informa
11 min read
article

Debugging Concurrency

Paquet, the Core Technology Manager for Driv3r and Stuntman creator Reflections, discusses the tricky and increasingly important issue of debugging code on multi-core processors, commenting that, despite the performance advantages: "Unfortunately, with multithreaded applications come a new class of bugs which challenge even the most experienced programmers."

1. Introduction

In July 2000 Apple brought dual-processing to its PowerMac line and symmetric multiprocessing (SMP) became officially mainstream. Less than 4 years later, Intel introduced a feature called "Hyperthreading" to their IA-32 processor line and simultaneous multithreading (SMT) became mainstream too. Before the end of the year, we will see Intel, AMD and Microsoft introducing multi-core processors to the masses. Multithreaded applications are now a fact of life and probably the only way toward maximum performance. Unfortunately, with multithreaded applications come a new class of bugs which challenge even the most experienced programmers.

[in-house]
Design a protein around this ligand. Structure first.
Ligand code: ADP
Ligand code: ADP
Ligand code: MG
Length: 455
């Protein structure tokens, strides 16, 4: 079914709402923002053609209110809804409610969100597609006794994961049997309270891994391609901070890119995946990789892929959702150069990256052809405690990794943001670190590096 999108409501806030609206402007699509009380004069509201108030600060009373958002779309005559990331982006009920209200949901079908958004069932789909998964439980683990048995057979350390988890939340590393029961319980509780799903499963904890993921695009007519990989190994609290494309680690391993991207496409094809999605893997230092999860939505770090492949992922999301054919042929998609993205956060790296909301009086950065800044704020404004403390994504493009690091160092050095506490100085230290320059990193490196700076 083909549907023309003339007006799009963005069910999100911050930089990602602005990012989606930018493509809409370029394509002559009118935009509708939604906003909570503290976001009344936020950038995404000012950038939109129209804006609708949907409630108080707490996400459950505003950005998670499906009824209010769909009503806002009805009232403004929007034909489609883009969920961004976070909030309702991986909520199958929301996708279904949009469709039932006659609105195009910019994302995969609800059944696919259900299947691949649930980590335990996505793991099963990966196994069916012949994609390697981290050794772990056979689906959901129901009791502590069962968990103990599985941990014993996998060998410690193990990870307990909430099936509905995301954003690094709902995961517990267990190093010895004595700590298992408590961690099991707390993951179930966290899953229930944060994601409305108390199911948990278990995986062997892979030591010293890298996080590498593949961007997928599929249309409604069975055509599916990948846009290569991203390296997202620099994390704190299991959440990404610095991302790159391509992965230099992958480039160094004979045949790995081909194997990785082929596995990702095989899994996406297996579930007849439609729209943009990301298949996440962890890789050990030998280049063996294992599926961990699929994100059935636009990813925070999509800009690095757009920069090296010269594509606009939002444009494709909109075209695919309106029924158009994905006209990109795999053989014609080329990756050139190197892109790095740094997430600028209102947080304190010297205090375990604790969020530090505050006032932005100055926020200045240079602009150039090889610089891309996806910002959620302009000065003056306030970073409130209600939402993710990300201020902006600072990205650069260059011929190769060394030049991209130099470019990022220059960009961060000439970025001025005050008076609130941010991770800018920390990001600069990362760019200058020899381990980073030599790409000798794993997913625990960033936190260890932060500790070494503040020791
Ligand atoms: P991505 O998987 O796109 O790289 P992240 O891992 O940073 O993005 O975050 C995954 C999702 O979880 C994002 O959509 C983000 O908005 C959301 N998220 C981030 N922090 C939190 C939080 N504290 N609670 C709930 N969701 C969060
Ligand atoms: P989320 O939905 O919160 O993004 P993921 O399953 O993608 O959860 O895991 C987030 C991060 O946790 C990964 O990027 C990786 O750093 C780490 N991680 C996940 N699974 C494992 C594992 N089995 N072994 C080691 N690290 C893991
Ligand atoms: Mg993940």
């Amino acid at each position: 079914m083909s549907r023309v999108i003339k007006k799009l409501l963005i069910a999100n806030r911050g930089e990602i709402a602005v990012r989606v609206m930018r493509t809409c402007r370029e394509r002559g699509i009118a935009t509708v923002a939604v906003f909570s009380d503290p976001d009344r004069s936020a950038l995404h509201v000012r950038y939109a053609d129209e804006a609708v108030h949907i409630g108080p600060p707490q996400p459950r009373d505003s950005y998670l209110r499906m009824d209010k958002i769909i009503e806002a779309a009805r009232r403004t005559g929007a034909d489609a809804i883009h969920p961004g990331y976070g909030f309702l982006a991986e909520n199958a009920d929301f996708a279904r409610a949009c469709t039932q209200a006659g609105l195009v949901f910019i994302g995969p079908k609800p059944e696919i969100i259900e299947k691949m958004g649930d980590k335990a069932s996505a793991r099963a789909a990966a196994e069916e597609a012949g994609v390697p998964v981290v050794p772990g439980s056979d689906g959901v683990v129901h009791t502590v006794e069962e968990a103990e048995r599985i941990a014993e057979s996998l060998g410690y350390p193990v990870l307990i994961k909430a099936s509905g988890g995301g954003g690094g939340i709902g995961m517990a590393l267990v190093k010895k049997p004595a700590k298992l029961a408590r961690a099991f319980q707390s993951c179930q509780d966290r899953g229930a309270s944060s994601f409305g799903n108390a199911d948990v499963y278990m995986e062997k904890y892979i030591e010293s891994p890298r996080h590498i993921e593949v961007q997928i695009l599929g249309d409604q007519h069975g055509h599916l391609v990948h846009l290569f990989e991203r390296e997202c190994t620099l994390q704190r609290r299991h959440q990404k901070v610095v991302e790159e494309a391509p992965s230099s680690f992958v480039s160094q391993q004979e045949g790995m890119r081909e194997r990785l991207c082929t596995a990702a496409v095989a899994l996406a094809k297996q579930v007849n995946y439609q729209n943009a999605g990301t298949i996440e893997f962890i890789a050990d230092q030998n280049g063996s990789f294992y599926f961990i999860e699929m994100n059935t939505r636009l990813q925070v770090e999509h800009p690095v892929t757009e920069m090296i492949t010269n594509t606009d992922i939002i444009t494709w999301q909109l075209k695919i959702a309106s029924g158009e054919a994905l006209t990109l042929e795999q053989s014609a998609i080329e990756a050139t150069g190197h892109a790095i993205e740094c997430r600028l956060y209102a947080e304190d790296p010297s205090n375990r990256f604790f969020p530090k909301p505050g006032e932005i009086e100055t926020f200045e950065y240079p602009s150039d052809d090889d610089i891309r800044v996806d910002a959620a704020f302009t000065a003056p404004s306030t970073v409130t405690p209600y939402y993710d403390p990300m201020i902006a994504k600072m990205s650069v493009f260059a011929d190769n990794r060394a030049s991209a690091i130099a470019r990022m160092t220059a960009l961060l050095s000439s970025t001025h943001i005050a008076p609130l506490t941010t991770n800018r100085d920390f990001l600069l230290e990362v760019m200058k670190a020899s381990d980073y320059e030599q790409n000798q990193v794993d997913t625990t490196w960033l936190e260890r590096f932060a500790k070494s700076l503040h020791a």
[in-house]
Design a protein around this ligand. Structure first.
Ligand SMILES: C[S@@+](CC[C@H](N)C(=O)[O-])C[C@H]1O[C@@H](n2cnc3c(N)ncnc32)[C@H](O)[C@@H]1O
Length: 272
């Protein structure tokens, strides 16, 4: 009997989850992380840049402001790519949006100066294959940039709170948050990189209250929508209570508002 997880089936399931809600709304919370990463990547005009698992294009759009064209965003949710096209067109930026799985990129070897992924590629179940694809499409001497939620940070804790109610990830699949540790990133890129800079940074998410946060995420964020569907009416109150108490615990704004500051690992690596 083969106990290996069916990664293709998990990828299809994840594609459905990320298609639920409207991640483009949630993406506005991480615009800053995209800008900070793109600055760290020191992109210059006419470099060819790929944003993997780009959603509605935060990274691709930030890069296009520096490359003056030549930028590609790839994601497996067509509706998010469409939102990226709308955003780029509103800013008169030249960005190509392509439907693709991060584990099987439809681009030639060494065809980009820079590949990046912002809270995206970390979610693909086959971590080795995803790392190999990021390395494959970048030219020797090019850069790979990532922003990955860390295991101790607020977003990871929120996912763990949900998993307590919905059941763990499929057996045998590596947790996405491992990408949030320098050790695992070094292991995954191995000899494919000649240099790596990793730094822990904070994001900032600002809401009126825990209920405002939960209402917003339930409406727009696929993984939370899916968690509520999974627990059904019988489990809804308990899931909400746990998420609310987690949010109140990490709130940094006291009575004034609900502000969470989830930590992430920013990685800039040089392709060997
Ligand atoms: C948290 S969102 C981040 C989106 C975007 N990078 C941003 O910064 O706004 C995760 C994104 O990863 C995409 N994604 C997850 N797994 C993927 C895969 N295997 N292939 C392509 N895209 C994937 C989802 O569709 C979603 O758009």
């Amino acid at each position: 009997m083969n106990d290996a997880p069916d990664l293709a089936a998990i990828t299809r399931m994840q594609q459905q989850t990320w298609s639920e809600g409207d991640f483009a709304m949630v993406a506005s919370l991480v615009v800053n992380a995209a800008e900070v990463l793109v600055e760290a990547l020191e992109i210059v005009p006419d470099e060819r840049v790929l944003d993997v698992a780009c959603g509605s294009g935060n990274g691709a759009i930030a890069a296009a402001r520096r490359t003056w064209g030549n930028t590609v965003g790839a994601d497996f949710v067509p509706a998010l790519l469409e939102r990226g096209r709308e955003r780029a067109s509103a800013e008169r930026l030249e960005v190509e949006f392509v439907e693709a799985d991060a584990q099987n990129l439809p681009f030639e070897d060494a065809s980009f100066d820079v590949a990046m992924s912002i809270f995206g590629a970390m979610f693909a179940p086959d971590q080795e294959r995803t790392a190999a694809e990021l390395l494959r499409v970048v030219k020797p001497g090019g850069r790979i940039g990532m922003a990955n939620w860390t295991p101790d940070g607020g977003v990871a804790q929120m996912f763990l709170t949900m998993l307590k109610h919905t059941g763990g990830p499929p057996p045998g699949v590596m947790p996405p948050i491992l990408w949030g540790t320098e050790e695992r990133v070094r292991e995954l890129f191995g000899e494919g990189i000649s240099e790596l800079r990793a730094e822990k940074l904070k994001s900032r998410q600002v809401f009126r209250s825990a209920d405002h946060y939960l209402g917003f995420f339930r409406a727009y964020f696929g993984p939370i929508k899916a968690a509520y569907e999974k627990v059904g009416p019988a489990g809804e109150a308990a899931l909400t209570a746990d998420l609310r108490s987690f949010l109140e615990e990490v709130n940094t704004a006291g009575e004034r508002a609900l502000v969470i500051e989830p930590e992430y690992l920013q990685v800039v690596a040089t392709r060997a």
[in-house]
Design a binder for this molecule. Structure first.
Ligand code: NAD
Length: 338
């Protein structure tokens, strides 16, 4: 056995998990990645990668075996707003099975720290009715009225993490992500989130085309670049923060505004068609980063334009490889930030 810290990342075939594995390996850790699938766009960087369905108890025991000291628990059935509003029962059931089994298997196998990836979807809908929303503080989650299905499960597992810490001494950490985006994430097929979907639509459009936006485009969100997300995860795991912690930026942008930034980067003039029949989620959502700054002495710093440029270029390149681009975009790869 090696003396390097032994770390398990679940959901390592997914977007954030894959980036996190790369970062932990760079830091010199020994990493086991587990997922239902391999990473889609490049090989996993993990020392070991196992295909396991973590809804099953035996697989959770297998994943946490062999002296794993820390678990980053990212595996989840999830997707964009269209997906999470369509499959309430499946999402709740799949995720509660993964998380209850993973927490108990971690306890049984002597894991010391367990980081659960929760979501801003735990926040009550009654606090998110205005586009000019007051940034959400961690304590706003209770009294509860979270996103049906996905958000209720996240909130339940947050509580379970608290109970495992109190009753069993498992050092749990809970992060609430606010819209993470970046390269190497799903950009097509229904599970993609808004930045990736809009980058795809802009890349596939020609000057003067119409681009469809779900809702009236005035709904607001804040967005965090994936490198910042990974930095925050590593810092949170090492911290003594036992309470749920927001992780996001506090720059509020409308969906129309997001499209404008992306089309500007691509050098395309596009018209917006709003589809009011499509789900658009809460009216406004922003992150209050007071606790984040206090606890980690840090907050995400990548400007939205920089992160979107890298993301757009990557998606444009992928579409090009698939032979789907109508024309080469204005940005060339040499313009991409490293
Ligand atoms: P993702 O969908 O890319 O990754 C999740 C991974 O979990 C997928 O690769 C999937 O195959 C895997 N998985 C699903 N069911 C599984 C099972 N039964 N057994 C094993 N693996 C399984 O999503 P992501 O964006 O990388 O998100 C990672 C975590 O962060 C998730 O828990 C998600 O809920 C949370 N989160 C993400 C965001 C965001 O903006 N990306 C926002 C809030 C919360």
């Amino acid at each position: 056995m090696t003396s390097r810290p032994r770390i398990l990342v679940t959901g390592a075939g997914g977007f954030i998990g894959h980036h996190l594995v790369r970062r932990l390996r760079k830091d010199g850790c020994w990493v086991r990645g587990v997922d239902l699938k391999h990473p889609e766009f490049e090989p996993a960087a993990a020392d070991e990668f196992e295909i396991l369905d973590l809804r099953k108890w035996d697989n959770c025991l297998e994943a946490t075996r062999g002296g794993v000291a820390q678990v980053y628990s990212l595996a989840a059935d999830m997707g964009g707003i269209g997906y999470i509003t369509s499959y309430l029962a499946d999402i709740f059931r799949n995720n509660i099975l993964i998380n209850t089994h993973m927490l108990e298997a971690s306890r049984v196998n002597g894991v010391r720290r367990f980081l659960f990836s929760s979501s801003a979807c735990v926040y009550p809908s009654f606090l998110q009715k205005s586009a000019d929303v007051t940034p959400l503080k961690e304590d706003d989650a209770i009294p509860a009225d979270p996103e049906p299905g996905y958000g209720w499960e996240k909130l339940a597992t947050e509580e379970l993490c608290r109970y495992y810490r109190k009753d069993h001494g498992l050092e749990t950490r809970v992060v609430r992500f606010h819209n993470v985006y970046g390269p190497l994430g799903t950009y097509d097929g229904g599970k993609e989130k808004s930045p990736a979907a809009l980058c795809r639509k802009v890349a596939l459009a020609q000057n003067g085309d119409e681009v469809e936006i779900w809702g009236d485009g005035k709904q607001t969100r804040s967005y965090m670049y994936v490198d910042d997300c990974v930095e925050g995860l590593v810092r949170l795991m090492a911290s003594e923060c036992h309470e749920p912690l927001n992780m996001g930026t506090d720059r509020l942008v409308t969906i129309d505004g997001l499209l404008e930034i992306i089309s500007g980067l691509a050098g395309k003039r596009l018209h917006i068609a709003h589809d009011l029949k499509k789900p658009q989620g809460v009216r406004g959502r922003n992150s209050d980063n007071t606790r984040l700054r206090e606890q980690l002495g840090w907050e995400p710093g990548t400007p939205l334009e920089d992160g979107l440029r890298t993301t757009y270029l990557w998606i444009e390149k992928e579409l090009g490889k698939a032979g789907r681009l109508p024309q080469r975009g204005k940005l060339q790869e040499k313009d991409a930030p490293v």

As a simplification, I will only talk about threads within a single system and I will limit resources to memory. Keep in mind that any of the conditions described below can occur in distributed systems and can involve any part of the hardware, including but not limited to the GPU and the network connections.

2. Race Condition or Race Hazard

A race condition, sometimes called a race hazard, occurs when data can be accessed by two or more different threads simultaneously and there is no mechanism to control temporal ordering of access. Depending on which thread accesses the shared data first, the behavior of the program change.

In the following example program, the printed value of g_iResult depends on which thread will execute his assignment first:

  • If ThreadOne assigns 50 to g_iResult before ThreadTwo is able to assign 150 to g_iResult, then g_iResult will contain 150 at the time it is printed.
  • If ThreadTwo assigns 150 to g_iResult before ThreadOne is able to assign 50 to g_iResult, then g_iResult will contain 50 at the time it is printed.

If ThreadOne and ThreadTwo were executed separately, we would have a constant result. The unpredictability is caused by the race between the two threads.

//
// Race.cpp
//
// Example of a race condition
//
//

#include <windows.h>
#include <stdio.h>
#include <process.h>

int g_iResult = 100;
bool g_bThreadOneFinished = false;